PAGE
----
Despite not starting a game during his junior and senior seasons, Dreisbach was signed by the Oakland Raiders as an undrafted free agent. He led the Raider to consecutive victories during the 1999 preseason, but he broke his leg on a tackle with less than two minutes remaining in a preseason game as he scrambled to the Dallas Cowboys' five-yard line. Dreisbach said he heard the leg crack when he was hit, and fullback Jon Ritchie said he "almost puked" when he saw the injury to Dreisbach. Despite the injury, the Raiders kept Dreisbach on the active roster during the 1999 NFL season so he could still attend all team meetings and work with the coaching staff during his recovery. He entered the Raiders' 2000 training camp competing with Rodney Peete for the #3 quarterback behind Rich Gannon and Bobby Hoying. He ended up on the injured reserve list with a torn rotator cuff in his right shoulder and was released by the Raiders in April 2001.
Bills and LionsEdit
In November 2001, Dreisbach was signed by the Buffalo Bills for the team's practice squad. In December 2001, after an injury to Charlie Batch, he was signed by the Detroit Lions. However, Mike McMahon started the remaining games for the Lions, and Dreisbach again saw no regular season action in the NFL.
The Lions allocated Dreisbach to the Scottish Claymores in 2002. During the 2002 NFL Europe season, Dreisbach started nine games for the Claymores and passed for 1,154 yards and nine touchdowns. He was then released by the Lions in August 2002.
Arena Football LeagueEdit
Dreisbach next played in the Arena Football League (AFL) for the Los Angeles Avengers in 2003, the Dallas Desperados in 2004, the Austin Wranglers in 2005, the Georgia Force in 2006 and the Columbus Destroyers in 2007. In five AFL seasons, Dreisbach completed 89 of 146 passes for 976 yards, 16 touchdowns and seven interceptions.
After his playing career, Dreisbach became a teacher and coach at Stephen F. Austin High School in Austin, Texas. He lives in Austin with his wife Mecca, and their son, Davis. In 2014, he joined his grandfather and uncle in the Indiana Football Hall of Fame; he was inducted in recognition of his high school, college and professional careers.
- "Scott Dreisbach". MGoBlue.com. University of Michigan. Archived from the original on June 16, 2000. Retrieved November 9, 2020.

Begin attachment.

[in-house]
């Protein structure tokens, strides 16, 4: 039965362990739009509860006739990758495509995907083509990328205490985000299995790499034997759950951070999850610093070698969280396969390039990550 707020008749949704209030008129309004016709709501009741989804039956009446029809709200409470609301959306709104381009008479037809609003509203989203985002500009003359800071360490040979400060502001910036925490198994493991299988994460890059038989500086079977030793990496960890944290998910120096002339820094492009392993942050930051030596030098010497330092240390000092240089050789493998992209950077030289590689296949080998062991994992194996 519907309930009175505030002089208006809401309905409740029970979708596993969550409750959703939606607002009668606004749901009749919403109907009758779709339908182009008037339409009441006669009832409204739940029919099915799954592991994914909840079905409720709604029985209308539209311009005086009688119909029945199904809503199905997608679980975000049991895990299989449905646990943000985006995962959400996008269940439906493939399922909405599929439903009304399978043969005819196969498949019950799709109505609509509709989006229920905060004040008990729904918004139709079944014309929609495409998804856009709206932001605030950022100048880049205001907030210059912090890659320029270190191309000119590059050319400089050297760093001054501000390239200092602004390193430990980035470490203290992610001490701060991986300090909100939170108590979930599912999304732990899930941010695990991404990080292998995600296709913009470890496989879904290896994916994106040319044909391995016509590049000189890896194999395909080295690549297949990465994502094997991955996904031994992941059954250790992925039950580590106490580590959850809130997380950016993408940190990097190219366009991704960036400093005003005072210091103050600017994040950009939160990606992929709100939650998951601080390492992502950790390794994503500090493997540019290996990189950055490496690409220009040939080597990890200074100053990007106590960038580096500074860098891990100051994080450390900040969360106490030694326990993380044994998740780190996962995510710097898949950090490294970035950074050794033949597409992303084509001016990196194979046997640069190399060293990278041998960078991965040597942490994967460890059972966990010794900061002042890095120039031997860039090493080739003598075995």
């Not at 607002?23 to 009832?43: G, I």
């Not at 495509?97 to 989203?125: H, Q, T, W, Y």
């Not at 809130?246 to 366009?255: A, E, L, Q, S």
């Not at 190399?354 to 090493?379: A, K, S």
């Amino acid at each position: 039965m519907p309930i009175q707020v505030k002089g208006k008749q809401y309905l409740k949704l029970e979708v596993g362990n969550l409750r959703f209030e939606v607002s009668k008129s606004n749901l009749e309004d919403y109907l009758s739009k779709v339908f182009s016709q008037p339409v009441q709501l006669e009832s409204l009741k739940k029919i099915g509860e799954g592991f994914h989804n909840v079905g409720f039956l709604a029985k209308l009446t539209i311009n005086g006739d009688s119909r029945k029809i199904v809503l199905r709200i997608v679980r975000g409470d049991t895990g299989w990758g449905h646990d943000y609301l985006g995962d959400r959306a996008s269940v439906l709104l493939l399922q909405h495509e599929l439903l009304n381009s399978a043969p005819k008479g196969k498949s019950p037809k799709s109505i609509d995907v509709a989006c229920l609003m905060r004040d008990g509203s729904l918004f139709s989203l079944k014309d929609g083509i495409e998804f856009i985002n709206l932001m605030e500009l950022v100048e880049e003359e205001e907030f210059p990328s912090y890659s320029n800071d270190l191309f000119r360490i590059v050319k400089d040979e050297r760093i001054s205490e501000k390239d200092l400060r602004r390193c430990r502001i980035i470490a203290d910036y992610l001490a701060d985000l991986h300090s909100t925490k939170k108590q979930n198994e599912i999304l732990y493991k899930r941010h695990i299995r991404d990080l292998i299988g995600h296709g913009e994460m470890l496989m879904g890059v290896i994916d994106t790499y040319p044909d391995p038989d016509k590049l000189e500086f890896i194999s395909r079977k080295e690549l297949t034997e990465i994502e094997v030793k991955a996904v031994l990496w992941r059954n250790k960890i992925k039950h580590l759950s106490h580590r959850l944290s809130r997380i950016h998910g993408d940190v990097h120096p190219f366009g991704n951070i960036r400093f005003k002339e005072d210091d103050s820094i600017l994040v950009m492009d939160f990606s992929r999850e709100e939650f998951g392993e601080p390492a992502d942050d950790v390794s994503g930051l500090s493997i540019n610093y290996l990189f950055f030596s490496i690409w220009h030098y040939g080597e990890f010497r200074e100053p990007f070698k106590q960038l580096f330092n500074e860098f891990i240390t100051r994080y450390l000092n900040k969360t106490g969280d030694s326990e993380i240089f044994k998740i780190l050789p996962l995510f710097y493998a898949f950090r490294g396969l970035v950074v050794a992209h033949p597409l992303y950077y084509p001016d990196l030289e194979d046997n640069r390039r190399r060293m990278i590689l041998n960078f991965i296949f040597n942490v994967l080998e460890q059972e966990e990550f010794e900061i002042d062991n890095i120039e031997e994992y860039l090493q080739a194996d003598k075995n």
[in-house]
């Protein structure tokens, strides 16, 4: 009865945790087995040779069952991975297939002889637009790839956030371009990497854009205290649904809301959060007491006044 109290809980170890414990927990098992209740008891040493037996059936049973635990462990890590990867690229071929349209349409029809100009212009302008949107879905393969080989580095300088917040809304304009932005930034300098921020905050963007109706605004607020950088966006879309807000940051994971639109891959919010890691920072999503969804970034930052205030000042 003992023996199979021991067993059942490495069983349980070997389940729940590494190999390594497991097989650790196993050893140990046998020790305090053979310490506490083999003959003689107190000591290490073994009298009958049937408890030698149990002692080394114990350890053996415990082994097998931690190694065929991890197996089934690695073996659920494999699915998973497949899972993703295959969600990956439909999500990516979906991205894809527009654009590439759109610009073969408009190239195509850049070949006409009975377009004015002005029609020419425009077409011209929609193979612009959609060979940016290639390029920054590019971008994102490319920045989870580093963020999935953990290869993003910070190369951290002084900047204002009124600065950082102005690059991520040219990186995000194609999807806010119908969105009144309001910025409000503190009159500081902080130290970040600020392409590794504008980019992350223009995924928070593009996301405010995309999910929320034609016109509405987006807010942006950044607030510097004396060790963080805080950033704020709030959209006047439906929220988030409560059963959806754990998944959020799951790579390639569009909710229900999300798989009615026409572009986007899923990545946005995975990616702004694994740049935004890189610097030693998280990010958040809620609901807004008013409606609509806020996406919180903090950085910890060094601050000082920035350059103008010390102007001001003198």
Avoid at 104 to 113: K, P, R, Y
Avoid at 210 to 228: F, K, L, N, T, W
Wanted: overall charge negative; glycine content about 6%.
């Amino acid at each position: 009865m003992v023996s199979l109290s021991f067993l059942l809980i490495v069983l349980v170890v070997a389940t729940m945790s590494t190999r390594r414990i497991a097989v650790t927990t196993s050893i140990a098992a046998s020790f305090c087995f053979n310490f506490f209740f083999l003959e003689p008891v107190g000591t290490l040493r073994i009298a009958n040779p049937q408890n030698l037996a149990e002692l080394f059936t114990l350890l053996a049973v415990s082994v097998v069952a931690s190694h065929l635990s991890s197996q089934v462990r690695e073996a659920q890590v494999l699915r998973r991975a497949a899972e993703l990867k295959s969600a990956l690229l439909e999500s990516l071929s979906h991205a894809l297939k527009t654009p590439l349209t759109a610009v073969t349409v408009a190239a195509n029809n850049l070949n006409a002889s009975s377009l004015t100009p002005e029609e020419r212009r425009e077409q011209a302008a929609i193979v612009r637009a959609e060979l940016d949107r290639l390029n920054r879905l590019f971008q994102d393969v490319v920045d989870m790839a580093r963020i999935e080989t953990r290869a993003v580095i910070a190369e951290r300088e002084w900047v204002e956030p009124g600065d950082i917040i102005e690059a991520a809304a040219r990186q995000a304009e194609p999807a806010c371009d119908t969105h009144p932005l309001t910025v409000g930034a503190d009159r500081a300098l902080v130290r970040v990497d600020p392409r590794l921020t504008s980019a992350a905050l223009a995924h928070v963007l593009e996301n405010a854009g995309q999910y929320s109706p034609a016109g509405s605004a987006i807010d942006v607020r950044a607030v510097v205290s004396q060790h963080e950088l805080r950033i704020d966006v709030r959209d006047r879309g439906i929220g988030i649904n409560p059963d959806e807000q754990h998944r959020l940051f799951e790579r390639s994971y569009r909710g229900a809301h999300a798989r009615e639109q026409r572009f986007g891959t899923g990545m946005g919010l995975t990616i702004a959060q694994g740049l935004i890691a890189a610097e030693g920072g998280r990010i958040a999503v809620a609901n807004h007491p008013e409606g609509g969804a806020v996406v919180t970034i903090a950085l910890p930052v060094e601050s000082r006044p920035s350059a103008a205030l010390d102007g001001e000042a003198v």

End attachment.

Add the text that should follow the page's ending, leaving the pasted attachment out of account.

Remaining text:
- "Scott Dreisbach profile". Indiana Football Hall of Fame. Retrieved April 14, 2015.
- "Michigan Football Roster Database". University of Michigan, Bentley Historical Library. Retrieved April 12, 2015.
- "College Football; Michigan Finds Miracle of Its Own to Overcome Virginia". The New York Times. August 27, 1995. Retrieved November 18, 2007.
- "Virginia vs. Michigan". USA Today. August 26, 1995. Retrieved July 22, 2010.
- "Dreisbach to have surgery on hand again". The Michigan Daily. November 9, 1995. p. 12A.
- "1995 Football Team". University of Michigan, Bentley Historical Library. Retrieved April 14, 2015.
- Moran, Malcolm (September 13, 1997). "College Football; A Rivalry Good to Last Drop (Or Catch)". The New York Times. Retrieved July 21, 2010.
- "1996 Football Team". University of Michigan, Bentley Historical Library. Retrieved April 14, 2015.
- "Athlete of the Week". The Michigan Daily. November 4, 1996. p. 2B.
- "Michigan Football Statistic Archive Query Page". University of Michigan. Archived from the original on September 7, 2004. Retrieved April 14, 2015.(to retrieve Dreisbach's college statistics, enter "dreisbach" in the box for the player's last name)
- "It's a bad break for backup QB". Reading Eagle. August 16, 1999.
- "Dreisbach a longshot with Raiders". Lodi News-Sentinel. August 1, 2000. p. 11.
- "McMahon will get a 'Bach patch: Lions sign ex-Wolverine Dreisbach to backup QB". Toledo Blade. December 5, 2001. p. C3.
- "2001 Detroit Lions". Pro-Football-Reference.com. Sports Reference LLC. Retrieved April 14, 2015.
- "Lions Cut Dreisbach". Lakeland Ledger. August 22, 2002. p. C4.